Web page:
With Cult of Chucky, I wanted to do something very different from the last movie, which was very gothic. Or, you might have a certain expectation, knowing that this movie is a mental hospital movie, so I didn't want to do what you would expect: the crumbling, Dickensian ruin. Aesthetically, we'd kind of done that with Curse of Chucky. Instead, I wanted to go the other direction: very modernist, minimalist, black and white in color, which really excited me creatively, because we'd never seen Chucky operate on that aesthetic canvas before.
What made you want to subvert those preconceptions, if Hollywood doesn't often go for truly original work?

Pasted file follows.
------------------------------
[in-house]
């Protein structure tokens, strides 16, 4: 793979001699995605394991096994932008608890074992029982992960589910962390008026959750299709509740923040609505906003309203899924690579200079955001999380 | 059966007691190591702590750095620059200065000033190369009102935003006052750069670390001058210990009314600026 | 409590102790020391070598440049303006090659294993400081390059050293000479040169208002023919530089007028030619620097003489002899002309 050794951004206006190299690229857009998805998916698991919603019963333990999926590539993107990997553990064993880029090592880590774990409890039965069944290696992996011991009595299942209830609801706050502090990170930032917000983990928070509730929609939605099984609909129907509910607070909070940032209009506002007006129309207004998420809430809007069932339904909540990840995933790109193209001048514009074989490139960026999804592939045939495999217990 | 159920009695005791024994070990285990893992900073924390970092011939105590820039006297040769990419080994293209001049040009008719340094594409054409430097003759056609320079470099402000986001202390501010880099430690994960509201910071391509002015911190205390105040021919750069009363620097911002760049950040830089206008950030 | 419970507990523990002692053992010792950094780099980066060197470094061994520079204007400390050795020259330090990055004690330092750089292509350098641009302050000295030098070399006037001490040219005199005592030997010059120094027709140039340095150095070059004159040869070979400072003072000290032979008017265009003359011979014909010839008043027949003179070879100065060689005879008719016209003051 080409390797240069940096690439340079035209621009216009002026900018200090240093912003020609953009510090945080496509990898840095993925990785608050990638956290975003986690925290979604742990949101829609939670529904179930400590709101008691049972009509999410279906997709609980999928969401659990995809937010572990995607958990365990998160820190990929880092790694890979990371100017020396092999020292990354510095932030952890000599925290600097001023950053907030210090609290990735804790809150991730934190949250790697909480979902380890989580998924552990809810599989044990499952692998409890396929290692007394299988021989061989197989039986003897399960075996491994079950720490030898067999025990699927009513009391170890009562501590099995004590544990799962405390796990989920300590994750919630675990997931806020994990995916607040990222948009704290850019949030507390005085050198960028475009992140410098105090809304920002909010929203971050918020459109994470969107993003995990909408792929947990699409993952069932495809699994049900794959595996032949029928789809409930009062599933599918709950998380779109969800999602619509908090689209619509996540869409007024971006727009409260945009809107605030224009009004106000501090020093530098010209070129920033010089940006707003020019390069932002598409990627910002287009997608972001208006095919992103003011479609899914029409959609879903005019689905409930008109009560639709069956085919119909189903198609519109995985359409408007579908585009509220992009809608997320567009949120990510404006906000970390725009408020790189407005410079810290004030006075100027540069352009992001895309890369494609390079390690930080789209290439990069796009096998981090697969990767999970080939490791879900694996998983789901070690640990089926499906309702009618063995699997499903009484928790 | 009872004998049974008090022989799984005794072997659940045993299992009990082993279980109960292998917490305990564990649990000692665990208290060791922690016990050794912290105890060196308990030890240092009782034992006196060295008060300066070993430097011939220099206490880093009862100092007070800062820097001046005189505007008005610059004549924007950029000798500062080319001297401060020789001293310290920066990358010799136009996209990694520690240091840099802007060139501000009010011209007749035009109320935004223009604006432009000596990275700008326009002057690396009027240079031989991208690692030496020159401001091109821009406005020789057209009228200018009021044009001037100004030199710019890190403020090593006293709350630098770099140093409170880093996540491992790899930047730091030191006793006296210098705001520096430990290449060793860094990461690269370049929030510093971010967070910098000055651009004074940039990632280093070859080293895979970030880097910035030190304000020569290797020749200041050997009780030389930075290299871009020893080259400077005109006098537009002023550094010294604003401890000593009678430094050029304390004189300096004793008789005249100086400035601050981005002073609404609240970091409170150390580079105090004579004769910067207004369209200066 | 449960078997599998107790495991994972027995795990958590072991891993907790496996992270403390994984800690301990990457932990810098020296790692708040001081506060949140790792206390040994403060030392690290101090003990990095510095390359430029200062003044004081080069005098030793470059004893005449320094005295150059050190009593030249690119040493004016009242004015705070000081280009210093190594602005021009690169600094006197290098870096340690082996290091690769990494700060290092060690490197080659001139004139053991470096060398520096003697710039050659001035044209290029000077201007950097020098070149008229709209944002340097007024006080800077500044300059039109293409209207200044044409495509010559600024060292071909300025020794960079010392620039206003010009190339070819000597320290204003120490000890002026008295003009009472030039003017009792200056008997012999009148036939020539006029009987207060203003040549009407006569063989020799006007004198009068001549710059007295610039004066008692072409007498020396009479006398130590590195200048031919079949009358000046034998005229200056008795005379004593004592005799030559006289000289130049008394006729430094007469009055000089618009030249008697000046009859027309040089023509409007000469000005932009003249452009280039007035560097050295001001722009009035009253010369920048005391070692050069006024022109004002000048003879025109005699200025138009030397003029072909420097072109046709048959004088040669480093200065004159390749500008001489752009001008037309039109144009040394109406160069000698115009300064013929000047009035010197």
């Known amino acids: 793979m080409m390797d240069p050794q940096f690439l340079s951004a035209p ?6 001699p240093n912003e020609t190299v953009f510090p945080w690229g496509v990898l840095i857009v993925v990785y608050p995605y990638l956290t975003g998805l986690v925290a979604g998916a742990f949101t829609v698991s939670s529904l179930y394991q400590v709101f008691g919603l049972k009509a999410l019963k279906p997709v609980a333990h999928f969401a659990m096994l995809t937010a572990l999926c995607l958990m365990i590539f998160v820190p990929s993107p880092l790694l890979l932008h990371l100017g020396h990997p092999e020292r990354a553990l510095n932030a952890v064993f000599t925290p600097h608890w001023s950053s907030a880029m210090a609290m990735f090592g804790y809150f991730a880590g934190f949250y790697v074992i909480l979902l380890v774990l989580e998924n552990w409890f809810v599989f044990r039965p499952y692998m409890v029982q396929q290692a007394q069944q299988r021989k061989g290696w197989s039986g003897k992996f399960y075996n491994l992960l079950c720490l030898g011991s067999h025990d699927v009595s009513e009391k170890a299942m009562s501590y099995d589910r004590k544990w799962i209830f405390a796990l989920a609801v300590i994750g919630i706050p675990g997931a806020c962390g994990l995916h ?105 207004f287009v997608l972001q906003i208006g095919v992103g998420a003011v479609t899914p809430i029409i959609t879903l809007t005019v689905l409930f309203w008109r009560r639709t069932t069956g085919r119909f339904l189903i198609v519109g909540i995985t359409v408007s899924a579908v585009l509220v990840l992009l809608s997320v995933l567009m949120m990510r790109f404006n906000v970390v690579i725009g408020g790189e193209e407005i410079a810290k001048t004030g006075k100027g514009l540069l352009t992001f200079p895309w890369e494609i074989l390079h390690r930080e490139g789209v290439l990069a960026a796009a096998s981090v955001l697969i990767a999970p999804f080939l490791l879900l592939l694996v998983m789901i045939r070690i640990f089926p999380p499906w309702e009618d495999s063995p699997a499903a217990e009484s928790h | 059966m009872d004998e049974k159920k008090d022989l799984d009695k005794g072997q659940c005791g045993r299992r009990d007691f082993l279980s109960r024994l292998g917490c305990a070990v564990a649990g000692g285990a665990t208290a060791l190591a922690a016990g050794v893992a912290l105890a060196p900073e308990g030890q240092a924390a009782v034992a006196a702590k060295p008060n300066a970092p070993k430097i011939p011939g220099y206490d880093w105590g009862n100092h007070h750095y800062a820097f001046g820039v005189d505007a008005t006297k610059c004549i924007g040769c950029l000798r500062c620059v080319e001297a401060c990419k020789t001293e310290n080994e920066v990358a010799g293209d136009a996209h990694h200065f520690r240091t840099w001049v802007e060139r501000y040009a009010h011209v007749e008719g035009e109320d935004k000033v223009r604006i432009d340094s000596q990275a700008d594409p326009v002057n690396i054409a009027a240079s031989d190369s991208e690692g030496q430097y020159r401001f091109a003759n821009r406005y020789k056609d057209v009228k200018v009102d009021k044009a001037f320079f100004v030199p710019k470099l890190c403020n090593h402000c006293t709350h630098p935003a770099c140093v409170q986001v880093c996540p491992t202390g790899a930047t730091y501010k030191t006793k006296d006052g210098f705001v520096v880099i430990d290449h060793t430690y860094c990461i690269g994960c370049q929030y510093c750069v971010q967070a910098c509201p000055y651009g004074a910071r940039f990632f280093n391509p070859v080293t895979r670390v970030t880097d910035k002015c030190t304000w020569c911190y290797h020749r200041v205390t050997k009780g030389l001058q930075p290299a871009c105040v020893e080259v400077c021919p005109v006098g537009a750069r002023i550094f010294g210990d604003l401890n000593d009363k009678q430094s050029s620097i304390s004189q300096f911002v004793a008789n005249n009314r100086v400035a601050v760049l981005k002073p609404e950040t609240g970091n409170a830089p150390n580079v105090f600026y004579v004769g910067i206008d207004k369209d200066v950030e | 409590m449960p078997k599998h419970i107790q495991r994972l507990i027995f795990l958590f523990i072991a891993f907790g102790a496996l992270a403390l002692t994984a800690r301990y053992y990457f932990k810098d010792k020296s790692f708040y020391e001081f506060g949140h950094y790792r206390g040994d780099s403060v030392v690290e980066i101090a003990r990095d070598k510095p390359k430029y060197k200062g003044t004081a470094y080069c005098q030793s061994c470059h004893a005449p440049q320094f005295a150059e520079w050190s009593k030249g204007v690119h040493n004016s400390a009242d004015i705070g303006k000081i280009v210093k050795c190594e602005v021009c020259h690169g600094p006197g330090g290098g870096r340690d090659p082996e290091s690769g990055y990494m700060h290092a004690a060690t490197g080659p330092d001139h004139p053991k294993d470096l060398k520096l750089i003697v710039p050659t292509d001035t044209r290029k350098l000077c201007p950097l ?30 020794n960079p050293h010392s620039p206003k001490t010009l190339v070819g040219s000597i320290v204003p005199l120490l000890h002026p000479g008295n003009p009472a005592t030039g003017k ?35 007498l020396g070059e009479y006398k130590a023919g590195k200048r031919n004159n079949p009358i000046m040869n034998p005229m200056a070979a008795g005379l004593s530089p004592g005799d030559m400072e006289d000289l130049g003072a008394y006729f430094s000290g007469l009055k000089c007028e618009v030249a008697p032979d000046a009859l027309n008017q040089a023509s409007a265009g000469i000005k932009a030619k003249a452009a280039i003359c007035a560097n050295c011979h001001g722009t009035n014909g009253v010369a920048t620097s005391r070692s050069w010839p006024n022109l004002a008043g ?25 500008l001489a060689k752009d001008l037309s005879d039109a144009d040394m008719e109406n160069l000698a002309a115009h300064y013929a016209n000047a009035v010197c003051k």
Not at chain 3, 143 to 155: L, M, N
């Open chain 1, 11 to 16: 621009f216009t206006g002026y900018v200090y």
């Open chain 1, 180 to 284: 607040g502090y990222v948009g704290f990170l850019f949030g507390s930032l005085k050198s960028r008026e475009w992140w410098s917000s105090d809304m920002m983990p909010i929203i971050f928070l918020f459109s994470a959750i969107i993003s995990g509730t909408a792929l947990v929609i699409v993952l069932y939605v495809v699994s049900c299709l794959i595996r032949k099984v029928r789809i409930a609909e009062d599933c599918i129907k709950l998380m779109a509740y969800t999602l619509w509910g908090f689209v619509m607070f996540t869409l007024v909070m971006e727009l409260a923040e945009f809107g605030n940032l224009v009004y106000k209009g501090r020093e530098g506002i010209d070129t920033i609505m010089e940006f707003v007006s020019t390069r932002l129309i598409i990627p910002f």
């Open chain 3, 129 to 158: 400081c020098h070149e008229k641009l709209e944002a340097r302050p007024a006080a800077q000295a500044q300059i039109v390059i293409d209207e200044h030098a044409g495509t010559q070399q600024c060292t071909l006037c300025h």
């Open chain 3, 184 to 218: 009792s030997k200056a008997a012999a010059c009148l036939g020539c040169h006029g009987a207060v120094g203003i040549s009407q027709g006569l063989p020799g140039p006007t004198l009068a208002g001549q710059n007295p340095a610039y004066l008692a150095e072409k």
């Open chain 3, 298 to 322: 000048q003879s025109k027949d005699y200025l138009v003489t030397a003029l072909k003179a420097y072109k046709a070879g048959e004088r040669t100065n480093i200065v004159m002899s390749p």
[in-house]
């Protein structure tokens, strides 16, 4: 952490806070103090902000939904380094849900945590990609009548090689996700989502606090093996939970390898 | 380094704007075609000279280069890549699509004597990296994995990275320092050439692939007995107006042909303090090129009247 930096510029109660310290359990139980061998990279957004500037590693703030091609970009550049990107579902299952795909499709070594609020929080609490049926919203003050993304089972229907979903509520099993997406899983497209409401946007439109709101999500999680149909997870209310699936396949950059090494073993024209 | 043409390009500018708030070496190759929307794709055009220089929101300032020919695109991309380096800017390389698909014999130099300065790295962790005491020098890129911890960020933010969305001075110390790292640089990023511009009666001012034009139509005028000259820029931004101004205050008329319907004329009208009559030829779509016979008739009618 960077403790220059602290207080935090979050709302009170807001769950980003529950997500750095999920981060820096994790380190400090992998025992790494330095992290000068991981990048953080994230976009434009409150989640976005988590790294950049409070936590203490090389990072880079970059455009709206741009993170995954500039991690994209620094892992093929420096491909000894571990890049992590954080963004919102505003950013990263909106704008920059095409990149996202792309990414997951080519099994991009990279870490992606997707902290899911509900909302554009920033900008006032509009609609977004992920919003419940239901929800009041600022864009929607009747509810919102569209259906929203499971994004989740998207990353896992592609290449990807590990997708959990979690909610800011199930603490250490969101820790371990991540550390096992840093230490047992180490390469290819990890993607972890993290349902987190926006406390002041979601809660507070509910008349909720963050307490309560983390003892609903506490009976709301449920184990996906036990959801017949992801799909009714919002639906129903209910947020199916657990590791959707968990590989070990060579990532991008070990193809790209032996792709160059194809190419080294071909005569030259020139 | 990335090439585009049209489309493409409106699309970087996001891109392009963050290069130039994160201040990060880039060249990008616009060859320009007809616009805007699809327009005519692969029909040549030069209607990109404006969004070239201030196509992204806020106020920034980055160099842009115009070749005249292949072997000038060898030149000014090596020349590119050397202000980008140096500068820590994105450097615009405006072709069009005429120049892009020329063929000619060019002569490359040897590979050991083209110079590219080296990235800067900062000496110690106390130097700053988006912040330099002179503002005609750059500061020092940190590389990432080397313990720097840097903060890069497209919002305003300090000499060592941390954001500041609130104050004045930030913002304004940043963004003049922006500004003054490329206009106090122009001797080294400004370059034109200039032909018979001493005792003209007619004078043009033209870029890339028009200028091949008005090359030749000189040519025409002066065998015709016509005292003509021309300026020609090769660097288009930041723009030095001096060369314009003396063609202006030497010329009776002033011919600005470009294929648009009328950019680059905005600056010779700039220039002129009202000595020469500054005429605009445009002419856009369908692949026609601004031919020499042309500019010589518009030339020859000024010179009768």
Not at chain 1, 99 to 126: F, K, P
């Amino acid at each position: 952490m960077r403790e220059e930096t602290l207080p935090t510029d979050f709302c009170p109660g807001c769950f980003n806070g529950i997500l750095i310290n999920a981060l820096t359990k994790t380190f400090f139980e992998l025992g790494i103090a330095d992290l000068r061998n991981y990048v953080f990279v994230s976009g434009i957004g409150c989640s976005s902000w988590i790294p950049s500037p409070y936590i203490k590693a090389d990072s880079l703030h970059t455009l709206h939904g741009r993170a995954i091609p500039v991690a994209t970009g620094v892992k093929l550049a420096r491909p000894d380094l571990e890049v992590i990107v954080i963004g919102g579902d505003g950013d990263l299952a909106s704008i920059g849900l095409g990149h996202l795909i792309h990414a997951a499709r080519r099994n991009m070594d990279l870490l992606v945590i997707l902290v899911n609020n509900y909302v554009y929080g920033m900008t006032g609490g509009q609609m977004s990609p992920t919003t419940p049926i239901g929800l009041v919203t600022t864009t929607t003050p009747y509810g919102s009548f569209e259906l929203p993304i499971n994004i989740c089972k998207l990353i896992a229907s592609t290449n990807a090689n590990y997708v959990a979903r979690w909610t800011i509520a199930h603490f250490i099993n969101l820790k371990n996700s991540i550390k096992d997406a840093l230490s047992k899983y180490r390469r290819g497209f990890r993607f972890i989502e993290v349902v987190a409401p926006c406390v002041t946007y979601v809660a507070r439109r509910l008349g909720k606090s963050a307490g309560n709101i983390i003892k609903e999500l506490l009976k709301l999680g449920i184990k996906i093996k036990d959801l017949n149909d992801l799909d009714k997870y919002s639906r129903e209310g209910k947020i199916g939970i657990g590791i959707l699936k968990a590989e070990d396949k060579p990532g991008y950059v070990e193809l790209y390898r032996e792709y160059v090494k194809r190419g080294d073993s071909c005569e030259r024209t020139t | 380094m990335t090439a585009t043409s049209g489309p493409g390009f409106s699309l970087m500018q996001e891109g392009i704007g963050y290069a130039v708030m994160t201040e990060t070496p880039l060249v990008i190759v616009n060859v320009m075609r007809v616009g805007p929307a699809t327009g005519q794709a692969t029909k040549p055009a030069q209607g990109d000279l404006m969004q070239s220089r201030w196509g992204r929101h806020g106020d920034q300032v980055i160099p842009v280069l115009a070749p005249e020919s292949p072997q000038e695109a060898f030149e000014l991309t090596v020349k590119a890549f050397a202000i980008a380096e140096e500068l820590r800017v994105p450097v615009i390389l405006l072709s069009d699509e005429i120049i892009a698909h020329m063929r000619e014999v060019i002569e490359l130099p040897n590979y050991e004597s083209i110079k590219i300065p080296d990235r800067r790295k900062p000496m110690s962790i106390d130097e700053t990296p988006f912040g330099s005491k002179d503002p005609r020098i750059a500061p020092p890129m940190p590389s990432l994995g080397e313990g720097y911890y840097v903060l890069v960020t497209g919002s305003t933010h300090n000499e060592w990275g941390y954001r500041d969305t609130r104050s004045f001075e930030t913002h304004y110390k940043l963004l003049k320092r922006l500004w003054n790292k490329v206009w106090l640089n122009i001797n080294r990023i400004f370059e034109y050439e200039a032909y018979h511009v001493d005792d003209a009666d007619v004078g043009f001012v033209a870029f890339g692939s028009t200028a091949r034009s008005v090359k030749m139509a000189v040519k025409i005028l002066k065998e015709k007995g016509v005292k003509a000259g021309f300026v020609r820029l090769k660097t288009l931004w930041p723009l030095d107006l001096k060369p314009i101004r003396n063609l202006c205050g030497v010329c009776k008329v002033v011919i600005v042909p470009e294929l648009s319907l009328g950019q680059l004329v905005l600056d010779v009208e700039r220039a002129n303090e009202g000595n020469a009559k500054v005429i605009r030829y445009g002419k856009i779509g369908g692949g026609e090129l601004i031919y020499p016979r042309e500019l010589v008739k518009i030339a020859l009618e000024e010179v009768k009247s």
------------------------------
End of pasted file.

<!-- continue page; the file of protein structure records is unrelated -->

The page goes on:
Mancini: It's partly just a philosophy that I've developed over the course of doing this. By the time we'd done Child's Play 3, the lesson I'd learned with that movie was that I was starting to repeat myself. That was a problem, and it could, if I wasn't careful, spell the end of it all. When it came time to do another one, with Bride of Chucky, I thought, OK, I need to do something radical. So we turned it into a comedy, which in retrospect was really the best thing we could've done, because I think that set a precedent for us to be the horror franchise that was willing to be fluid. I think that's really helped keep us alive.